President Joe Biden stood just 120 miles from Russia’s border when he stopped in Helsinki on Thursday to celebrate Finland’s newly-minted membership in the North Atlantic Treaty Organization, a club the Nordic country had resisted joining for seven decades.
The trip to Russia’s doorstep amplifies both Biden’s steadfast support of NATO and Finland’s very public rebuke of Russia’s President Vladimir Putin in joining the alliance. But the moment also draws a stark contrast to one five years earlier, when an American President traveled to Finland’s capital for a very different meeting, and delivered a very different message.
When Donald Trump arrived at the Finnish Presidential Palace in July 2018, he met privately with Putin alone for two hours. The two leaders’ translators were the only other people in the room. No notes were taken. Trump then stood next to Putin during a press conference and praised his Russian counterpart as a “good competitor” and called the U.S. itself “foolish” for allowing its relationship with Russia to fray.
When asked if he believed the detailed information collected by his own intelligence agencies showing how Russia had hacked Democratic National Committee computers and intentionally released emails to interfere with the 2016 elections, Trump sided with Putin. “I have great confidence in my intelligence people,” Trump said, “but I will tell you that President Putin was extremely strong and powerful in his denial today.”
Trump’s refusal to rebuke Putin and his unwillingness to defend the conclusions of his own intelligence agencies reverberated through the country and Europe. For European allies, it was a public demonstration that Trump wouldn’t stand up to Putin’s actions and sowed doubts that Trump would be willing to back up the U.S. obligations under Article 5 of NATO’s treaty to defend Europe in the face of a Russian attack.
Biden’s visit to Finland five years later, with both Finland and Sweden joining NATO, and the treaty signatories increasing military support for Ukraine, provides a striking contrast to his predecessor’s 2018 visit, showing how much repair work Biden has presided over since taking over the White House from Trump.
“When Putin and his craven lust for land and power unleashed his brutal war on Ukraine, he was betting NATO would break apart,” Biden said during his speech Wednesday at Vilnius University before departing Lithuania for Finland. “He thought our unity would shatter at the first testing. He thought democratic leaders would be weak. But he thought wrong.”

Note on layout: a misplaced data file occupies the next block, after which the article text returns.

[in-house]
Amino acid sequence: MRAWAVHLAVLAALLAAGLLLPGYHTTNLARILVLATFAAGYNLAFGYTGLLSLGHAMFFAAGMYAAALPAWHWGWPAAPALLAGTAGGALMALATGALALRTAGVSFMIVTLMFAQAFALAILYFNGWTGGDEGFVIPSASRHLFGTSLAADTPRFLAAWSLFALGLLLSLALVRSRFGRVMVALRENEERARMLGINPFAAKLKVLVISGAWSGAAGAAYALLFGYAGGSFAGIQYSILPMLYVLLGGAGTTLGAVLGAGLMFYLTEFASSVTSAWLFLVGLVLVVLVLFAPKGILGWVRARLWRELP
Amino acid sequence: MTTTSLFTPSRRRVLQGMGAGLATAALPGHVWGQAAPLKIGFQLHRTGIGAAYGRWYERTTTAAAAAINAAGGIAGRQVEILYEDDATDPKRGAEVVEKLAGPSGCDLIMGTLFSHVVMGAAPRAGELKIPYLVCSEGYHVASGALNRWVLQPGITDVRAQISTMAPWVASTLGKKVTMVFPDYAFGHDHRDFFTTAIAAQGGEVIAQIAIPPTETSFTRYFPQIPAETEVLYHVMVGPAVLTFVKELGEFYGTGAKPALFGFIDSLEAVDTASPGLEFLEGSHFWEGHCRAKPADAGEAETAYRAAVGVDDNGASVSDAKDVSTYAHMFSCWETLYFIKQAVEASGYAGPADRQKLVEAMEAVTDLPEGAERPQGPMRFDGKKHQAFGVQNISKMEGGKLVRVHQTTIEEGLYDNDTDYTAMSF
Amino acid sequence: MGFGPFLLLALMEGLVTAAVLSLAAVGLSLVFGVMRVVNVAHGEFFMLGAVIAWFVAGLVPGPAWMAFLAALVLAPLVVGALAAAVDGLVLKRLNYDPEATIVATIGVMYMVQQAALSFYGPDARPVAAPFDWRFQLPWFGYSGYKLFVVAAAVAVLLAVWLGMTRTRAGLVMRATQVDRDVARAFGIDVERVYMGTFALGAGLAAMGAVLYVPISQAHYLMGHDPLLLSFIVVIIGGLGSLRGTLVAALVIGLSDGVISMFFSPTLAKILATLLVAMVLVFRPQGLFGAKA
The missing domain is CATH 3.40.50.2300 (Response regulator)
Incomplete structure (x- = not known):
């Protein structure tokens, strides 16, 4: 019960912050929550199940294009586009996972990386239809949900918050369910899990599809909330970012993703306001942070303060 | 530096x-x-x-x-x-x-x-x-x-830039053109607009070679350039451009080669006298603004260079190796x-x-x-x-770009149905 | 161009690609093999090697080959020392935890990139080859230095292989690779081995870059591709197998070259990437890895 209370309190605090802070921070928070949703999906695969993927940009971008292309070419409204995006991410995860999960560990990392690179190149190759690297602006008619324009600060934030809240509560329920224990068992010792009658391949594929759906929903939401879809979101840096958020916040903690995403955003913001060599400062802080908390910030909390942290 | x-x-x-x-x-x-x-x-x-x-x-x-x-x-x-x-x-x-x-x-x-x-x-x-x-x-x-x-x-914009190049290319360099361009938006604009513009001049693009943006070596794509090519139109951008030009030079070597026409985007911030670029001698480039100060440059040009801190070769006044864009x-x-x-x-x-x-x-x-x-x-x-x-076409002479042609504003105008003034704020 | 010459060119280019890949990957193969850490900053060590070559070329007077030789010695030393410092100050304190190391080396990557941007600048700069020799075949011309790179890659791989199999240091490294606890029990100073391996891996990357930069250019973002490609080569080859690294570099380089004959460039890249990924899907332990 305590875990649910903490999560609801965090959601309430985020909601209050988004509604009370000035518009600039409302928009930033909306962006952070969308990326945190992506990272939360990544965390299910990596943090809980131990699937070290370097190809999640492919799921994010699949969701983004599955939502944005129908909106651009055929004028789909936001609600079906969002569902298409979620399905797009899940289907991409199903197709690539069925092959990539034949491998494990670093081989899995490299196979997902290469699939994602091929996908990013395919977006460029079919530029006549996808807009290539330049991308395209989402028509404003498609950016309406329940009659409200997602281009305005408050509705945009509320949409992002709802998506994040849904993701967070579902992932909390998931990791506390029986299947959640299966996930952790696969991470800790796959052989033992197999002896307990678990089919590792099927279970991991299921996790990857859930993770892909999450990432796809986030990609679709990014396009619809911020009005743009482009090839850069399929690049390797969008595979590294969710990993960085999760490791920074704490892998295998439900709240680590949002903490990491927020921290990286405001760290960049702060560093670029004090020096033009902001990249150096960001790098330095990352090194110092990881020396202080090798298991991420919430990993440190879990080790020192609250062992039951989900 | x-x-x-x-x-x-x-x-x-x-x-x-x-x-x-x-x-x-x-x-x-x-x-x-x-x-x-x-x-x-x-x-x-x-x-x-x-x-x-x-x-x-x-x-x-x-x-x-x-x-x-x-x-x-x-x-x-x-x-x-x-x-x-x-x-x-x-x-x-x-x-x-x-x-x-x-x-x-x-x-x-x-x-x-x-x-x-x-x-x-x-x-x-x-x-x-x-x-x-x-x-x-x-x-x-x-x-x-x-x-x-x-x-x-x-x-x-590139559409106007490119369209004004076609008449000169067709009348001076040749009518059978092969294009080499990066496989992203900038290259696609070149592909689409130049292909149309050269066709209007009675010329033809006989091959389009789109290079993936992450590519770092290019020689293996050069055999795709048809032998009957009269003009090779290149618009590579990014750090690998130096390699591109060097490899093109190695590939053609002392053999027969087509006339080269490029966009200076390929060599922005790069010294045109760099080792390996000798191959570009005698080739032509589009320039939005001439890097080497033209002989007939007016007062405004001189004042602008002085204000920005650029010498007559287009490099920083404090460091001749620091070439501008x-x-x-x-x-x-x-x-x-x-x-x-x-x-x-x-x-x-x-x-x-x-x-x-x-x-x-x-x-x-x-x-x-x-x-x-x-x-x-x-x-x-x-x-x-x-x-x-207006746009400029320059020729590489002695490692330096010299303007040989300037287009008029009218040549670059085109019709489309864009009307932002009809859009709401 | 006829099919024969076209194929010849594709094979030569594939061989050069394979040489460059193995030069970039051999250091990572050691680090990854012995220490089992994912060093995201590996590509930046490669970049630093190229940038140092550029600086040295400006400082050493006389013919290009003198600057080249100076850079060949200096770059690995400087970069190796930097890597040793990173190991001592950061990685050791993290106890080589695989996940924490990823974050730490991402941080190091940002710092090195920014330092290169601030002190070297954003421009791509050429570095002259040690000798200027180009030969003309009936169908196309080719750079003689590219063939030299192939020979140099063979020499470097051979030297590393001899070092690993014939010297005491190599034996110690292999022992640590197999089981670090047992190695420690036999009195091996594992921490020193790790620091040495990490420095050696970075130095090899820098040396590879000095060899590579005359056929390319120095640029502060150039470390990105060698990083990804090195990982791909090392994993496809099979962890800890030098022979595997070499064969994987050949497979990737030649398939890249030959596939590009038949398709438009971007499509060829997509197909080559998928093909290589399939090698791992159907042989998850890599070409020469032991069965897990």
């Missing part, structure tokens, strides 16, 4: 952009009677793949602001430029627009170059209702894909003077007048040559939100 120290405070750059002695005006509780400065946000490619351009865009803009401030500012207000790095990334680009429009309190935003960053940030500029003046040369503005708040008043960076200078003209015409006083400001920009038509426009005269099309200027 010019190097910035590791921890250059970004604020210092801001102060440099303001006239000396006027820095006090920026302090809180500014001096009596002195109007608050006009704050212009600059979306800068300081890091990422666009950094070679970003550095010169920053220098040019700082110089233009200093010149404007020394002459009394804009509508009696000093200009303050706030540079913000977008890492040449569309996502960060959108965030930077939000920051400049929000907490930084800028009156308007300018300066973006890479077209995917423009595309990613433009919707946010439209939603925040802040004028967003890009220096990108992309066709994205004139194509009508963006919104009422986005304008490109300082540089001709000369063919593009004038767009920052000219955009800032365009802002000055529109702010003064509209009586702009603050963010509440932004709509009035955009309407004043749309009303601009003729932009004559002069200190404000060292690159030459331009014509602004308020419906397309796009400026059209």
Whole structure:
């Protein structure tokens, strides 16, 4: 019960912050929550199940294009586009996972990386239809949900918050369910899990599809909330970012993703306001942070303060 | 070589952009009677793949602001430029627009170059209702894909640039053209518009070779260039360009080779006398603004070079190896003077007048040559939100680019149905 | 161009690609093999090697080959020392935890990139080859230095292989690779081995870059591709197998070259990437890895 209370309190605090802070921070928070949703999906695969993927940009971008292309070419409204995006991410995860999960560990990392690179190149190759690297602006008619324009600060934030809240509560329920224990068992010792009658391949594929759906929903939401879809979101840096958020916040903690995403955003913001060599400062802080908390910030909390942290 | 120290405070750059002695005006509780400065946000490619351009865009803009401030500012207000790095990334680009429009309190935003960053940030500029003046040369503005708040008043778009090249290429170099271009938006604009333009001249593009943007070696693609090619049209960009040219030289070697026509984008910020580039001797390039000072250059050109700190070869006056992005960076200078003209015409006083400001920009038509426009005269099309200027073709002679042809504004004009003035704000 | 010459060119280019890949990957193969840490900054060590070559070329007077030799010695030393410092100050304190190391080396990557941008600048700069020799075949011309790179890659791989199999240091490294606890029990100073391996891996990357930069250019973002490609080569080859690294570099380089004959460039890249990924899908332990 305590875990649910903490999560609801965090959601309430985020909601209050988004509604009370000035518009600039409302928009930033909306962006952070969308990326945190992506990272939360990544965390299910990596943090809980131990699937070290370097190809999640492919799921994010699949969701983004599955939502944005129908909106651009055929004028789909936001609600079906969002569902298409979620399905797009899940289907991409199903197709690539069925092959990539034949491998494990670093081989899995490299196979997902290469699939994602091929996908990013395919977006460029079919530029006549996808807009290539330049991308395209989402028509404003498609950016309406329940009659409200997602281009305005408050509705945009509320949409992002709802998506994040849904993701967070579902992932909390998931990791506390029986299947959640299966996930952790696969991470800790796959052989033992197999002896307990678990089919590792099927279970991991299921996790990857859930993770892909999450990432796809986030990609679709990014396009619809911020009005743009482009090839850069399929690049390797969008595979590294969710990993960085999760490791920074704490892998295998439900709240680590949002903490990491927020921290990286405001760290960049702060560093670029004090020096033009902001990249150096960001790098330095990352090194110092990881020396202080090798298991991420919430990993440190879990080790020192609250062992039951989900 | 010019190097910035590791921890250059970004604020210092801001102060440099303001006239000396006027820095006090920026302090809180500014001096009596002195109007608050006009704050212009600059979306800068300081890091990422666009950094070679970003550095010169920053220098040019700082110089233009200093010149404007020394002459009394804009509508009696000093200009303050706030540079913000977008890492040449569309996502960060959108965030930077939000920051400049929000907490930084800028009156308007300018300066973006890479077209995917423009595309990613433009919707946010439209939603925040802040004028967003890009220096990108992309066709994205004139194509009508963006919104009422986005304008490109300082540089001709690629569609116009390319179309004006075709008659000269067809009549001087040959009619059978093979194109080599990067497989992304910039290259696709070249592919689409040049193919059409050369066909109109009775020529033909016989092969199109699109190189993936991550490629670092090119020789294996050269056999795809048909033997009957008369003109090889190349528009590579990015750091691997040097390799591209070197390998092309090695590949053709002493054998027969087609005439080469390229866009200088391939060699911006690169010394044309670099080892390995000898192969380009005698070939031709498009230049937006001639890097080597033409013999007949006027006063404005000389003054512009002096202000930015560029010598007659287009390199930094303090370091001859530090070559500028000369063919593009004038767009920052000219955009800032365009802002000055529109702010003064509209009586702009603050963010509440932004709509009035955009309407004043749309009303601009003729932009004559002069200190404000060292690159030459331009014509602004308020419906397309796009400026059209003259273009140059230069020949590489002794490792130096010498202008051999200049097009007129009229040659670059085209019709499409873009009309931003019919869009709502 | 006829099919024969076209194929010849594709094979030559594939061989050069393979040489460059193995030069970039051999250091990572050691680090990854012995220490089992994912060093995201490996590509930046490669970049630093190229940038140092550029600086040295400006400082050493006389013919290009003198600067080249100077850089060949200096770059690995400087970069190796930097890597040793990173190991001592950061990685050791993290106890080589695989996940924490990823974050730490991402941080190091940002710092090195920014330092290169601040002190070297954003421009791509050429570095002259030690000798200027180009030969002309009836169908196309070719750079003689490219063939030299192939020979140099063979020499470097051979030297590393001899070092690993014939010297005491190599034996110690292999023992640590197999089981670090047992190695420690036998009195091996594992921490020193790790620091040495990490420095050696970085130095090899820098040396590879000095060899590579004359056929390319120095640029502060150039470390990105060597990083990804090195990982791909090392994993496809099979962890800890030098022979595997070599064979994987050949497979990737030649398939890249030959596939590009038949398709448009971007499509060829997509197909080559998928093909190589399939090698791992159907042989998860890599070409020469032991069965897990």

During his four years as President, Trump repeatedly questioned NATO’s value and belittled members of the alliance who he said weren’t contributing enough to their own defense.
“Trump was leading us toward a future in which NATO might have broken up and every ally would have to fend for themselves in dealing with the Russians,” says Tom Malinowski, a senior fellow at the McCain Institute and a former member of Congress. Biden’s trip to Helsinki, he adds, is “a symbol not only of his embrace of the NATO alliance but of the revitalization and expansion of the alliance under American leadership. NATO is obviously stronger and bigger than it was just a few years ago when it was in danger of falling apart.”
In Helsinki, Biden met with the leaders of Nordic countries and talked with Finnish President Sauli Niinistö about his country’s security concerns along its 800-mile border with Russia. With the addition of Finland and Sweden on track to join NATO, the alliance’s commanders will need to launch new military assessments and contingency planning for how to respond if there’s a Russian border incursion against either of those countries.
Niinistö said that 80% of Finns support the country’s NATO membership and a similarly high percentage support Finland coming to the defense of other NATO countries. Biden’s leadership was instrumental in changing how Finland secures itself. “The new era in Finnish security policy has begun and you will be one of those who brought it to history,” Niinistö told Biden during a joint press conference on Thursday.
Before boarding Air Force One to return to Washington, Biden had a message for Putin about his flailing effort to conquer Ukraine and make it part of Russia. Putin’s attempt to roll tanks into Kyiv early last year played a major part in convincing Finland and Sweden to join NATO. “Putin’s already lost the war,” Biden told reporters. “Putin has a real problem. How does he move from here?”
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